How to College: What to Know Before You Go (and When You’re There), by Andrea Brenner and Lara Schwartz (2019)

Nonfiction
16-19

How to College: What to Know Before You Go (And When You're There), by Andrea Malkin Brenner and Lara Hope Schwartz

If your teen is planning post-secondary education this fall, buy this book right now. What a great resource for a young adult who is eager, nervous, terrified or super-confident about this exciting new stage in life! I worked in student services at The University of British Columbia for nearly 10 years, and this book, written by two professors who have worked with thousands of first-year students, perfectly encapsulates what new students need to know. First, it’s different from high school in so many ways! Learn how to approach a prof in a professional way. Get a planner and use it. Make and stick to a budget. Make sure you know how to do your laundry, clean your room, and book a medical appointment. Join a club and make some friends.

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Assume the Worst: The Graduation Speech You’ll Never Hear, by Carl Hiaasen, illustrated by Roz Chast (2018)

Nonfiction
Adult

Assume the Worst: The Graduation Speech You'll Never Hear, by Carl Hiaasen, illustrated by Roz Chast (2018)

It’s graduation season at colleges and universities, so here’s a suggestion for a new grad in your life. A wee book (it’s just 43 pages, about $20 in hardcover), it is a good one to pair with the Seuss classic Oh, The Places You’ll Go, or if you can find it, H. Jackson Brown’s Life’s Little Instruction Book. This offers a gloomier perspective, and comes with couple of f-bombs along with lots of dark humour. Essentially, the message is that the world is going to hell, and you’ll find greater happiness (worth pursuing) by keeping your expectations low. Hiaasen, one of the few great writers for both kids and adults, begins by tearing apart the usual platitudes found in commencement speeches.

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This Fallen Prey (Rockton #3), by Kelley Armstrong (2018)

Mystery
Adult

This Fallen Prey, by Kelley Armstrong (2018)

Kelley Armstrong is a well-known Canadian author, with a strong backlist in young adult and science fiction. I’ve read her before, but not lately, so when I spotted this on our library’s new book shelf, I picked it up and added it to a growing pile. Turns out it’s the third book in series I have not read. I think it would be best to start with book 1, but in summary, Casey Butler is a deputy in a tiny off-the-grid settlement in the Yukon, where its residents come to stay to escape some kind of threat in the real world. Some of them are there willingly, and others not. She’s in a relationship with Eric Dalton, who is her boss, the town’s sheriff. Both are about 30 years old. The book opens in mid-May when a plane lands and delivers an unexpected “package” – an accused serial killer “sentenced” to stay there instead of facing the law, thanks to a hefty payoff by his stepdad.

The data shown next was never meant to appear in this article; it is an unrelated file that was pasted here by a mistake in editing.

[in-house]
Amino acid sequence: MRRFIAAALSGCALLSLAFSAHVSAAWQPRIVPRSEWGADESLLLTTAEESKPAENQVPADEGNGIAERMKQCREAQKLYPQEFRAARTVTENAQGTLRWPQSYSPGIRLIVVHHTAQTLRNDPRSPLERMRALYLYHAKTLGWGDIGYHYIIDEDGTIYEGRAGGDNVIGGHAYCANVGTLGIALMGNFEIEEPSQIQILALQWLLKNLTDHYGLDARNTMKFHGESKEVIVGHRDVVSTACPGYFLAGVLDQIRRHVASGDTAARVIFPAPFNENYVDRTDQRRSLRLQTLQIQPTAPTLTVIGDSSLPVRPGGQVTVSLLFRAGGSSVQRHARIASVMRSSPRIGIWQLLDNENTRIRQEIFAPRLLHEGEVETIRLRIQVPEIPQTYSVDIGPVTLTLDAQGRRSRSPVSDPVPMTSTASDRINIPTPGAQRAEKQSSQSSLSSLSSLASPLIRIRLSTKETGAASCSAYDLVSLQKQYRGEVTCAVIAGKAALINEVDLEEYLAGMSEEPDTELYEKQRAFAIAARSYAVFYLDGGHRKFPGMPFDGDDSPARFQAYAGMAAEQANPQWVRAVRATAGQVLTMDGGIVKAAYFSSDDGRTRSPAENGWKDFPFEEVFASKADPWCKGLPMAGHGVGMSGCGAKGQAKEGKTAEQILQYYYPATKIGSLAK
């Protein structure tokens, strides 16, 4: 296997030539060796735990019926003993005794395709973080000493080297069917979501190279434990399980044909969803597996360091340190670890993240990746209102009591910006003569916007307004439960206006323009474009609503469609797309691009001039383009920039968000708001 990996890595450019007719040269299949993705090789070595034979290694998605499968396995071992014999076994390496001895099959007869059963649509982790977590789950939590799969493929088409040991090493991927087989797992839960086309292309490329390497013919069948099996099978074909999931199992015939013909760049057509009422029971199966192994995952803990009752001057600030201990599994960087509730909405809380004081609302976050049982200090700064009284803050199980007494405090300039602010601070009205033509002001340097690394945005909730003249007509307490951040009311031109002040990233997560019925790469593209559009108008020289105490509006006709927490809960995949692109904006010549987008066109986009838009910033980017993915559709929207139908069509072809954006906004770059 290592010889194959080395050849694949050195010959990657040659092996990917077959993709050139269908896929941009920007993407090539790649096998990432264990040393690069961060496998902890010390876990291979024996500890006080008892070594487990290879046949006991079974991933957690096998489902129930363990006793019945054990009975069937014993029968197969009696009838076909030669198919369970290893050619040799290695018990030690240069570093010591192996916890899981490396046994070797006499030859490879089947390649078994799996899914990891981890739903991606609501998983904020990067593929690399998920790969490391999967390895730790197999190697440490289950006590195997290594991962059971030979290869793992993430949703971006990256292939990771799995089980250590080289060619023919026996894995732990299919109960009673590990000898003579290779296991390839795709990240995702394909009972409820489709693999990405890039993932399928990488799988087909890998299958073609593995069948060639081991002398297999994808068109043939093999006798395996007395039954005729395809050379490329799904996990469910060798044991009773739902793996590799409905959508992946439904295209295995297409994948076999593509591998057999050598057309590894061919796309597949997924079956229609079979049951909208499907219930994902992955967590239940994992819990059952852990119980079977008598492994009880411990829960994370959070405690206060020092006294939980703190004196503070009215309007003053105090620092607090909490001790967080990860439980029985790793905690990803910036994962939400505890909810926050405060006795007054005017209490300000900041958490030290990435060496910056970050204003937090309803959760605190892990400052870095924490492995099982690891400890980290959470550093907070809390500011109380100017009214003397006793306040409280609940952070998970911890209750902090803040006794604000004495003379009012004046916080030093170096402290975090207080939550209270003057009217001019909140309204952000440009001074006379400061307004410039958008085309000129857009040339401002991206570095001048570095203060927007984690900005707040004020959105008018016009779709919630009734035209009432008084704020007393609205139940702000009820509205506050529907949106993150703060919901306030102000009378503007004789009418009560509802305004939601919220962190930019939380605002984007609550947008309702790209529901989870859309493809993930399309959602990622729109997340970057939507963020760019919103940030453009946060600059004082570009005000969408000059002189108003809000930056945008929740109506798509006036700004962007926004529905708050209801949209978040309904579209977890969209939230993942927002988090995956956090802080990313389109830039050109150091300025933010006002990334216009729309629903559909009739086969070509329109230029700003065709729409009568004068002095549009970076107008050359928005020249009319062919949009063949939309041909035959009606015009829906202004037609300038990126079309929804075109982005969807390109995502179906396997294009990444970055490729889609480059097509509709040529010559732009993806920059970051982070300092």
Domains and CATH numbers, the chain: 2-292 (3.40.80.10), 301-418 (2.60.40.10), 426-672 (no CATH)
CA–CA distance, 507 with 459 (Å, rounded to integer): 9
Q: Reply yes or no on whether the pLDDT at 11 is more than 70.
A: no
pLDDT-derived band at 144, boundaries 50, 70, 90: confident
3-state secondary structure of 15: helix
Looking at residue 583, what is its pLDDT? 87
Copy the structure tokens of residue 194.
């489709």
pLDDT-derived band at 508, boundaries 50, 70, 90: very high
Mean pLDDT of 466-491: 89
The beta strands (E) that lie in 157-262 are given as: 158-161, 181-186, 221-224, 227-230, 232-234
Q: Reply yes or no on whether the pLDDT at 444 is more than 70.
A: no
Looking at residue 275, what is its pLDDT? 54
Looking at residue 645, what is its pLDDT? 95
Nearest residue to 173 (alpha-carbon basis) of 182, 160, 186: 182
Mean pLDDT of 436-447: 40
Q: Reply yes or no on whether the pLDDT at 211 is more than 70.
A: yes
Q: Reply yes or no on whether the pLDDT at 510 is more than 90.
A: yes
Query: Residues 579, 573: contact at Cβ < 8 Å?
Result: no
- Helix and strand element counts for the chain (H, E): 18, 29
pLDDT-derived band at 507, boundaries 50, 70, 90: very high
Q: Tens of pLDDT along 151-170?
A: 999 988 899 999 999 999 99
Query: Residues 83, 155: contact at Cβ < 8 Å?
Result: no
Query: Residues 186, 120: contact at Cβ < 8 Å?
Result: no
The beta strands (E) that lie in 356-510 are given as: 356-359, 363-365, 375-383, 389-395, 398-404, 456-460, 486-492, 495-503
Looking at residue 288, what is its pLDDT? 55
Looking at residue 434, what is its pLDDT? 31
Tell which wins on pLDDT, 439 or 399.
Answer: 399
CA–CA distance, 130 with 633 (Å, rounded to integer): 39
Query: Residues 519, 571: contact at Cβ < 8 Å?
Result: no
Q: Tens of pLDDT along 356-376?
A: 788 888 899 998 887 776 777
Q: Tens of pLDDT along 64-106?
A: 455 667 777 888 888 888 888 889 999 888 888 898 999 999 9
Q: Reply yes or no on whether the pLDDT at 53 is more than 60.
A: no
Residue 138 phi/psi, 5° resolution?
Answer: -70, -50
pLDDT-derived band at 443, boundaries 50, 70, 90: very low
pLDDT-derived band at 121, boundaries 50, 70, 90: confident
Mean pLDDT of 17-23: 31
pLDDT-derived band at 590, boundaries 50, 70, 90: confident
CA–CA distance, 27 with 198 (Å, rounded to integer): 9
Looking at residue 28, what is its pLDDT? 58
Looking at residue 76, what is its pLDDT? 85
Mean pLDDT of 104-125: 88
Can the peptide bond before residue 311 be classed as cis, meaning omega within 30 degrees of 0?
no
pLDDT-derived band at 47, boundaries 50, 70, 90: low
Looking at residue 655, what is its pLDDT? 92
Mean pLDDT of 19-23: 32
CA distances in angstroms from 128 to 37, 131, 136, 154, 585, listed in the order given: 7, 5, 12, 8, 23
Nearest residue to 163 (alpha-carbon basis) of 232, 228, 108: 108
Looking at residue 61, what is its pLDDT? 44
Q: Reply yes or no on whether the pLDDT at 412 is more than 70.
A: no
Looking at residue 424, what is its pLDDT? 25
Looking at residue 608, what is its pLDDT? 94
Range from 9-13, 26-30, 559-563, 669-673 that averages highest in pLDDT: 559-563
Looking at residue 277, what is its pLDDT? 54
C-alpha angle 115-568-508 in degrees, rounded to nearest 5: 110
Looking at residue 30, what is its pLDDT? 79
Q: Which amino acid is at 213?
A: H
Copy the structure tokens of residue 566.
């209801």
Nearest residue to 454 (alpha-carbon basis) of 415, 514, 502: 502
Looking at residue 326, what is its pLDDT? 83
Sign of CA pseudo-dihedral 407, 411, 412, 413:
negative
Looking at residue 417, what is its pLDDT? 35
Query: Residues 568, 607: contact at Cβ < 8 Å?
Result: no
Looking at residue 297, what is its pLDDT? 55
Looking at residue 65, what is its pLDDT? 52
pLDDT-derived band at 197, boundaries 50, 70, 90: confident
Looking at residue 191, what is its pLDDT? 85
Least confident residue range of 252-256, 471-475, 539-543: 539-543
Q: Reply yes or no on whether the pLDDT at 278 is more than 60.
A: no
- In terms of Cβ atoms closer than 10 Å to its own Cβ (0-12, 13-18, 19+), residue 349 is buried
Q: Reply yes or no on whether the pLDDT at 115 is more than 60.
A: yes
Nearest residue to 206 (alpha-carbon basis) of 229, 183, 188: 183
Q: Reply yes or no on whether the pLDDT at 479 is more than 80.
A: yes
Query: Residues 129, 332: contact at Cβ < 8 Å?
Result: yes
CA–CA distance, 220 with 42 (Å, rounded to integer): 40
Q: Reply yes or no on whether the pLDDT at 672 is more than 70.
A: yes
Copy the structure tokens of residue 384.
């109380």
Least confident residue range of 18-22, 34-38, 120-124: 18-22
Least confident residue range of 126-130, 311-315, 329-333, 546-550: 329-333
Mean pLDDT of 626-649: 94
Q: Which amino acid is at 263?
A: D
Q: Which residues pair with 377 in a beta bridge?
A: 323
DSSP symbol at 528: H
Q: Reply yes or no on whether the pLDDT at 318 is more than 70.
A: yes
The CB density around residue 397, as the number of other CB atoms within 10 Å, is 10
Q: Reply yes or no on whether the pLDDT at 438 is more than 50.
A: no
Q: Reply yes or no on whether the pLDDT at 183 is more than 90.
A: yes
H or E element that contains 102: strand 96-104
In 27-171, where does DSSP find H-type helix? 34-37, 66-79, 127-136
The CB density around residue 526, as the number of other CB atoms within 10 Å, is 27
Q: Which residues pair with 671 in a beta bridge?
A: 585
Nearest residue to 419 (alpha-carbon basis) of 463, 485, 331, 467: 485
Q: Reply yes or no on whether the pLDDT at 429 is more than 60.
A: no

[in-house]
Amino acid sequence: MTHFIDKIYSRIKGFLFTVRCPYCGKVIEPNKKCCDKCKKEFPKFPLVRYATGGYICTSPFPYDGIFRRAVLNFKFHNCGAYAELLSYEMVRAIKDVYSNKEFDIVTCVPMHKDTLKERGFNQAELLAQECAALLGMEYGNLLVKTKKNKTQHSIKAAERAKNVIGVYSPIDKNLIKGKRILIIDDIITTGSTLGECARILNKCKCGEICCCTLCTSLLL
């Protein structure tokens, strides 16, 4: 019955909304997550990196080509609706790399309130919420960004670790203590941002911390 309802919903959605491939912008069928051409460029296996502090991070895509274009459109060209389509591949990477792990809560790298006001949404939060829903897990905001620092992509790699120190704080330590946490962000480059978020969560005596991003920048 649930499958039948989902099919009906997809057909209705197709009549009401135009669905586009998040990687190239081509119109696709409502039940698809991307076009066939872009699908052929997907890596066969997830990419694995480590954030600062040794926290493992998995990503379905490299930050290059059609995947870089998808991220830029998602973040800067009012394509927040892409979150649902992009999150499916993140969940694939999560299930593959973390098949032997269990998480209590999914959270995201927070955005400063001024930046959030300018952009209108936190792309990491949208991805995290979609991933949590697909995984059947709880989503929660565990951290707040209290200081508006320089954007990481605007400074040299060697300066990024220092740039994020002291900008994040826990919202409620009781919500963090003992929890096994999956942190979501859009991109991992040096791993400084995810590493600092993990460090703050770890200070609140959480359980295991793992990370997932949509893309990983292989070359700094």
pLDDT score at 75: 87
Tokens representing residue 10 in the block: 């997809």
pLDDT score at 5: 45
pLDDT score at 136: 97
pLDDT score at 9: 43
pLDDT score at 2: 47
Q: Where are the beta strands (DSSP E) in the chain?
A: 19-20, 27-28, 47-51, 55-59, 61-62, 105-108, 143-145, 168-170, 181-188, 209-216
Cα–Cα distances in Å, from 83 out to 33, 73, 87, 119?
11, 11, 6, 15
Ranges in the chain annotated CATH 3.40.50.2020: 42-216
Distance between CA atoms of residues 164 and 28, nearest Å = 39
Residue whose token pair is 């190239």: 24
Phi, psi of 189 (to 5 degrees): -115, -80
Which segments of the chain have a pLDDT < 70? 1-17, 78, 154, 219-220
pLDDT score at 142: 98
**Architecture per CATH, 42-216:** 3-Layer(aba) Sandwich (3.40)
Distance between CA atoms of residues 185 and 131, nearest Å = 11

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My Sister, the Serial Killer, by Oyinkan Braithwaite (2018)

Contemporary Fiction
Adult

My Sister, the Serial Killer, by Oyinkan Braithwaite

Sisters Korebe and Ayoola could not be more different. Korebe is a responsible nurse, level-headed and thoughtful. The younger Ayoola is beautiful, impulsive, and obsessed with her standing in social media. She’s also a sociopath. When Ayoola calls her sister for help in the middle of the night, Korebe knows what to do – bring gloves and bleach. This is the third boyfriend in a row who has died at Ayoola’s hands, but family comes first for Korebe. Until Ayoola’s next boyfriend is someone Korebe has deep feelings for. Now what? Dark humour abounds in this little novel, about 225 pages, set in modern-day Nigeria. I was reminded of Patrick deWitt’s brilliant The Sisters Brothers – it’s that kind of tongue-in-cheek scenario that will have you laughing when you should be horrified.

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Heartbreaker, by Claudia Dey (2018)

Historical
Mystery
Heartbreaker, by Claudia DeyPony Darlene Fontaine is 15 years old, and today she watches her mother come out of the bedroom, clad only in a tracksuit, and walk out the front door without a word. Stopping to call her dog, she climbs into the truck and drives off. Billie Jean hasn’t been out of the house for three months. It’s now late October, 1985, and she is barefoot. Where has Billie Jean gone? Why did she leave? Why has she been hiding herself away these past months? Why has she told Pony so little of her story? Read More »

The Lost for Words Bookshop, by Stephanie Butland (2017, 2018)

Contemporary Fiction
Adult
Lost for Words Bookshop, by Stephanie ButlandDon’t be fooled by the cover – this is not a lightweight romance about love in a bookstore. Loveday Cardew is a damaged young woman who absolutely prefers books to people. So much so that she has meaningful first lines of several books tattooed on her body. Whether she’s speaking to a customer or to the reader, she is knowledgeable, blunt and sometimes sarcastic, socially awkward, and very funny. But there is nothing funny about what brought her to this place. Read More »

The Death of Mrs. Westaway, by Ruth Ware (2018)

Mystery
Adult
The Death of Mrs. Westaway, by Ruth WareThis new mystery from British writer Ruth Ware (The Woman in Cabin 10 and In a Dark, Dark Wood) is a lot of fun from start to finish. I keep thinking it’s like a grown-up Nancy Drew mystery (in a good way!), with a more realistic and nicely flawed heroine caught in a web of deceit and murder. Hal Westaway is 21, living alone in Brighton three years after her mother was brutally killed by a hit and run driver. With no income and few options, she picks up her mum’s tarot cards and continues her business on the pier. Read More »